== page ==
Kathy’s guests are mostly local to me here in the Mid-Atlantic but I’m glad she tapped the Connecticut-based Thomas for an interview because he also has an interesting background that I knew almost nothing about, despite our long-distance friendship and history of team blogging.

For example, Thomas studied the Classics at Brown and “spent a lot of time in Italy.” But it didn’t take long for him to realize he wanted to work with plants, so he moved to the Bronx, studied at the New York Botanic Garden, then worked on the Columbia University landscape in NYC. Apparently it was taking care of roses there that educated him about the problems with frequent spraying of pesticides. Also his wife is an environmental scientist, so Thomas’s focus today on environmentally friendly gardening is a natural fit.

Speaking of his wife, together they’ve been making hard cider for 25 years now, even growing their own cider apples. 

I particularly enjoyed truth-telling (there I go again) from Thomas about lawns (again):

Since I was a horticulture student, progressive gardeners and environmentalists were saying oh, we’ve got to get rid of the lawn. We’ve got to replace them all with meadows. And we’ve done a good deal of that and that’s been great.  But the area of lawn in the United States has just continued to expand. People like lawns and they have some virtues.  They’re inexpensive, and relatively speaking to install. They’re laborious but they’re simple to maintain, so you can pay somebody to do it where you probably can’t afford to have a horticulturist come in and do your gardening for you unless you’re very wealthy. They’re more tolerant of foot traffic and kids playing on them than most other landscape treatments.  So lawns aren’t going away.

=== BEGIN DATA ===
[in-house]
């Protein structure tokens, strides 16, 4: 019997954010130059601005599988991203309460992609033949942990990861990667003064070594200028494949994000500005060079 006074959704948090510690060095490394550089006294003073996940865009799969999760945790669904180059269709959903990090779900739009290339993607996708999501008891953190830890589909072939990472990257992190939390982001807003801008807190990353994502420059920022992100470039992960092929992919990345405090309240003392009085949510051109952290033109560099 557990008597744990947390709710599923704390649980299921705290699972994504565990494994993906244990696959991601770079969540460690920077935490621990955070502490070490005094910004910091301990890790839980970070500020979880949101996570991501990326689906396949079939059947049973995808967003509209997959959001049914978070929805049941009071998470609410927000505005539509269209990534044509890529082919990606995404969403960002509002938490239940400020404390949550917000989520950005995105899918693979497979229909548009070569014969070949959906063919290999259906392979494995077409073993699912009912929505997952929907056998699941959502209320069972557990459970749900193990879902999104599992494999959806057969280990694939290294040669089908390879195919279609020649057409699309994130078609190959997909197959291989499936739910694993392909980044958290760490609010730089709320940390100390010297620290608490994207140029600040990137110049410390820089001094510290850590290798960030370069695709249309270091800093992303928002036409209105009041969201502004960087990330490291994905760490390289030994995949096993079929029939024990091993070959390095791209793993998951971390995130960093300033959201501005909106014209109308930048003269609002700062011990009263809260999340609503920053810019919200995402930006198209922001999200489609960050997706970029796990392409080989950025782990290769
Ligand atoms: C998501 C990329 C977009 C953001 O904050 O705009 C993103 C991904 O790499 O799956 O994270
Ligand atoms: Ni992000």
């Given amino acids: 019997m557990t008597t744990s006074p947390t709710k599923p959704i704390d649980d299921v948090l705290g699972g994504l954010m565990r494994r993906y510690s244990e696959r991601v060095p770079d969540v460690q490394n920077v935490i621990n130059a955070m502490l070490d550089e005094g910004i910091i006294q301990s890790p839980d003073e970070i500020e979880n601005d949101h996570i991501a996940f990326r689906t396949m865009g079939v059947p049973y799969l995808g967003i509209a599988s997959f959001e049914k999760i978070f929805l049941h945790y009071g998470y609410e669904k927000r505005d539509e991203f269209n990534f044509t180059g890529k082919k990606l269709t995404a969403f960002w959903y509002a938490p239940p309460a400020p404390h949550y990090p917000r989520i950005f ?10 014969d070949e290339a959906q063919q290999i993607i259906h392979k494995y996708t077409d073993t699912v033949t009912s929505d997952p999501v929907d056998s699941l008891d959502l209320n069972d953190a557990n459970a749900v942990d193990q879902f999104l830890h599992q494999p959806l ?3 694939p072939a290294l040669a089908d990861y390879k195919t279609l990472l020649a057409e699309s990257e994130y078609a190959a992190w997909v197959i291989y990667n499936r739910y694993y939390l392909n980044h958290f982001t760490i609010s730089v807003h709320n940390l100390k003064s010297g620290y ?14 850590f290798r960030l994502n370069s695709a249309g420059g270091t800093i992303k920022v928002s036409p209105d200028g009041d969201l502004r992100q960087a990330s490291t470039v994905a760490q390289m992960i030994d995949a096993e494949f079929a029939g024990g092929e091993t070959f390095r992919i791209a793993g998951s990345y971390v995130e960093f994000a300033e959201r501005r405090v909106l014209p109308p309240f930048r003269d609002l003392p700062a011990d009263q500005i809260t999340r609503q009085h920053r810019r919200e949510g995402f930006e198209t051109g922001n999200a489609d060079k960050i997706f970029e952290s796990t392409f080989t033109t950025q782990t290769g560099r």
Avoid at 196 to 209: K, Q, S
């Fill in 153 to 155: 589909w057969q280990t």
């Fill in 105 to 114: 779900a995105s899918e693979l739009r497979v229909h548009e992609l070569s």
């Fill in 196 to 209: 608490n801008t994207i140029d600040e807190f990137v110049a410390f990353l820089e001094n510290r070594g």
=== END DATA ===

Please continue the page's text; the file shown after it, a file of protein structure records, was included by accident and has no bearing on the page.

I’ve spent some time working on lawns that are more biodiverse and more friendly to wildlife.  That was a part of the New American Landscape, my contribution to that.

Thomas has worked harder than anyone I know to provide alternatives to conventional, high-input lawns through his research into slower-growing tall fescue grasses, even installing several of them himself and reporting the results. I wish more proponents of eco-friendly gardening would adopt his realistic and solution-oriented approach.